Regulation  

Co-operative Bank secures rescue funding

Co-operative Bank secures rescue funding

The Co-operative Bank has confirmed that a recapitalisation arrangement has been agreed between the bank and existing stakeholders, to avoid being wound up.

The agreement to secure the long-term future of the bank sets in motion plans to raise around £700m of additional CET1 capital, which will ensure the Co-operative is able to meet all regulatory capital requirements. 

A total of £250m of new equity will be raised following a proposal of Tier 2 noteholders, while £443m of CET1 capital will be raised through the recapitalisation of Tier 2 bonds.

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The latter will be made possible through the support of 47 per cent of Tier 2 noteholders and 52 per cent of shareholders.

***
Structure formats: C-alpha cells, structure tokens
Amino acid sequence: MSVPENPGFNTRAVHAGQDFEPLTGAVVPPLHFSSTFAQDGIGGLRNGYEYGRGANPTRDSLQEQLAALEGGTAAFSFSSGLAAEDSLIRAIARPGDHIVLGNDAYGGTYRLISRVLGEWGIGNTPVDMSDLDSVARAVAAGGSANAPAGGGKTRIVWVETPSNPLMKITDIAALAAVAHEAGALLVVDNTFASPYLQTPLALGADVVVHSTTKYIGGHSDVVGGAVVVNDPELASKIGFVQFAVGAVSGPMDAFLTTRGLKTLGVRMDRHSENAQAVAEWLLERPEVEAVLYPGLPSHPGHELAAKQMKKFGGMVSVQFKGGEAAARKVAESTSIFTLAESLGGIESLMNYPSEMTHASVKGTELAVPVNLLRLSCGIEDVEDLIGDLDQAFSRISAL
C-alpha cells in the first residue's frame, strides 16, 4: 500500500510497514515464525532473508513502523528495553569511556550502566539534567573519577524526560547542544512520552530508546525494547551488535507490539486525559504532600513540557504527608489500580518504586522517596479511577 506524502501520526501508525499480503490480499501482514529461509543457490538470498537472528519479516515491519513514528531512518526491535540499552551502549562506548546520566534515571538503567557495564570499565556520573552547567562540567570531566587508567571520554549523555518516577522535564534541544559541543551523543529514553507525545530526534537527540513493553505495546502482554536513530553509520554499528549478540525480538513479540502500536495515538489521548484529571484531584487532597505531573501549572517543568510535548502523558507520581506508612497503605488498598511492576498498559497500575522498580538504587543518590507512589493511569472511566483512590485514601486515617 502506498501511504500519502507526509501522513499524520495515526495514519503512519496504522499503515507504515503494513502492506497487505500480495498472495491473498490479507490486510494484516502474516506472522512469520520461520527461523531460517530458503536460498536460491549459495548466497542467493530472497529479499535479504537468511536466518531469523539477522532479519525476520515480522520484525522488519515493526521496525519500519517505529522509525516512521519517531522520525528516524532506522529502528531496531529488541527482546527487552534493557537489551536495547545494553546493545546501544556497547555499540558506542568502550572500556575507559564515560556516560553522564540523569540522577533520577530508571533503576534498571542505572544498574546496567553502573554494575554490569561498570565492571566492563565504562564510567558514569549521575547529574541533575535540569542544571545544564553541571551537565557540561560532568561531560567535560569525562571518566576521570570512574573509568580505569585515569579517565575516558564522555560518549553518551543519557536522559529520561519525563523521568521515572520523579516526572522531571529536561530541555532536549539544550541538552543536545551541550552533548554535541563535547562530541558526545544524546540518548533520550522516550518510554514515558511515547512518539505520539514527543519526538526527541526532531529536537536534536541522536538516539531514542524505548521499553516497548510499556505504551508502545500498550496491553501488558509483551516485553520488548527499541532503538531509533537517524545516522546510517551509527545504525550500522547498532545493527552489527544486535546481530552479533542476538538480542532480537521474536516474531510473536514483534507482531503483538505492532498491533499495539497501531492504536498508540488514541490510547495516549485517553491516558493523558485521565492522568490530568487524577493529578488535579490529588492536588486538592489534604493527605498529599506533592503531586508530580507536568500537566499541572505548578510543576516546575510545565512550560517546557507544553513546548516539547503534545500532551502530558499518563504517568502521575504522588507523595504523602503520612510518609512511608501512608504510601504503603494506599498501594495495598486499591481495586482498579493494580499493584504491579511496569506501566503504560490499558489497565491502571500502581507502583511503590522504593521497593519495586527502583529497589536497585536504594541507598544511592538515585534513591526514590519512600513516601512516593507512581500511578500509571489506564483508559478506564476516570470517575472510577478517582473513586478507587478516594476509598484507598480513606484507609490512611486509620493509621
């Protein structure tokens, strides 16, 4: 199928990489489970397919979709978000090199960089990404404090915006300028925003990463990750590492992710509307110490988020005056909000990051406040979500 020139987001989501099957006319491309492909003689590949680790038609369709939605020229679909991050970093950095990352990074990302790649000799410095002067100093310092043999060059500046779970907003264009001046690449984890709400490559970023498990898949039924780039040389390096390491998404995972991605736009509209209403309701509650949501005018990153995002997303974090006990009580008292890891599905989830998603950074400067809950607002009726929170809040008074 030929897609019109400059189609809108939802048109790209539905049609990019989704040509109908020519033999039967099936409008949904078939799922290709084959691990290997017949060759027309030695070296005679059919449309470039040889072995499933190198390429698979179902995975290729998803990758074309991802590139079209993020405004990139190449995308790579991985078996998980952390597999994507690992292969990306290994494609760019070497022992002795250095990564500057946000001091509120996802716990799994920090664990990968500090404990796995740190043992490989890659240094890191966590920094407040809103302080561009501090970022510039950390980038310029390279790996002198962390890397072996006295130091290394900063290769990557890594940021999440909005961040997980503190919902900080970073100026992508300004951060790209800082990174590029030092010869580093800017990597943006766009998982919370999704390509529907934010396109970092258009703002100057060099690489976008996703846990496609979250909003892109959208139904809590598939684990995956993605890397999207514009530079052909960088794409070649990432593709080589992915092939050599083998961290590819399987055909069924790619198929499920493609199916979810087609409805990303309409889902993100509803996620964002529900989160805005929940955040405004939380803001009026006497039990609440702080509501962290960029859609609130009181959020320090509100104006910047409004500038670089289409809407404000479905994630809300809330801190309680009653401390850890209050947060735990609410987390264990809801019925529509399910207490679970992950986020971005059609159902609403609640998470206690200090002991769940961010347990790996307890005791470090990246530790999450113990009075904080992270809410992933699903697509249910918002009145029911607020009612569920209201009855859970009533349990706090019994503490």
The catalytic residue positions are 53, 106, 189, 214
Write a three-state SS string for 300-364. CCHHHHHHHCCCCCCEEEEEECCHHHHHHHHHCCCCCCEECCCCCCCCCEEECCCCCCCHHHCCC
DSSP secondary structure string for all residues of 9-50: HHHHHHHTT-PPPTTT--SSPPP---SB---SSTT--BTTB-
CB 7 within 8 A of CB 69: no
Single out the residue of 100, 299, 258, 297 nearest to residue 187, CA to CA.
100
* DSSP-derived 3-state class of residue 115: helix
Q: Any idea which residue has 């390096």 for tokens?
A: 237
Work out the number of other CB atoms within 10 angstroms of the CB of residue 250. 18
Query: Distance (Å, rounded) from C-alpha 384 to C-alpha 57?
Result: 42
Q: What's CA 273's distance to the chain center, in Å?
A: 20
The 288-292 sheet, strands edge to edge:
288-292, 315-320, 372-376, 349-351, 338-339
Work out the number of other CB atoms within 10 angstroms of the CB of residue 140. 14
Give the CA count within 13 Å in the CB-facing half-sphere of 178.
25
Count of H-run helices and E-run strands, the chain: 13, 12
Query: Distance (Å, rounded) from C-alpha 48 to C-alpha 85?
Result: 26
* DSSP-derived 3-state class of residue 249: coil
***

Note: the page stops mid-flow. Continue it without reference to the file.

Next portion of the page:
The debt-for-equity swap with hedge funds means that the Co-op Group's stake in the bank will fall from 20 per cent to about 1 per cent.

The bank’s plan to separate the Co-operative Pension Scheme from the banking arm of the business will go ahead.

Support for an equity capital raise and recapitalisation proposal from an ad hoc committee of existing Tier 2 noteholders, the AHC, having been confirmed.  

The Co-op Bank has been been struggling for four years since an abortive attempt to buy 632 branches from Lloyds revealed a £1.5bn hole in its finances.

Dennis Holt, chairman of The Co-operative Bank, said: "The Board is pleased to confirm this proposal for a recapitalisation which will mean that The Co-operative Bank can continue as a viable stand-alone entity, with values and ethics at its heart. It is a great outcome for our customers.

"Our investors share our commitment to building our distinctive ethical franchise and see strong future growth potential for The Co-operative Bank."

A spokesperson on behalf of the AHC said: "We have supported the turnaround of The Co-operative Bank since 2013 and this further investment will provide the Bank with the capital needed to realise its potential as the UK's leading ethical bank."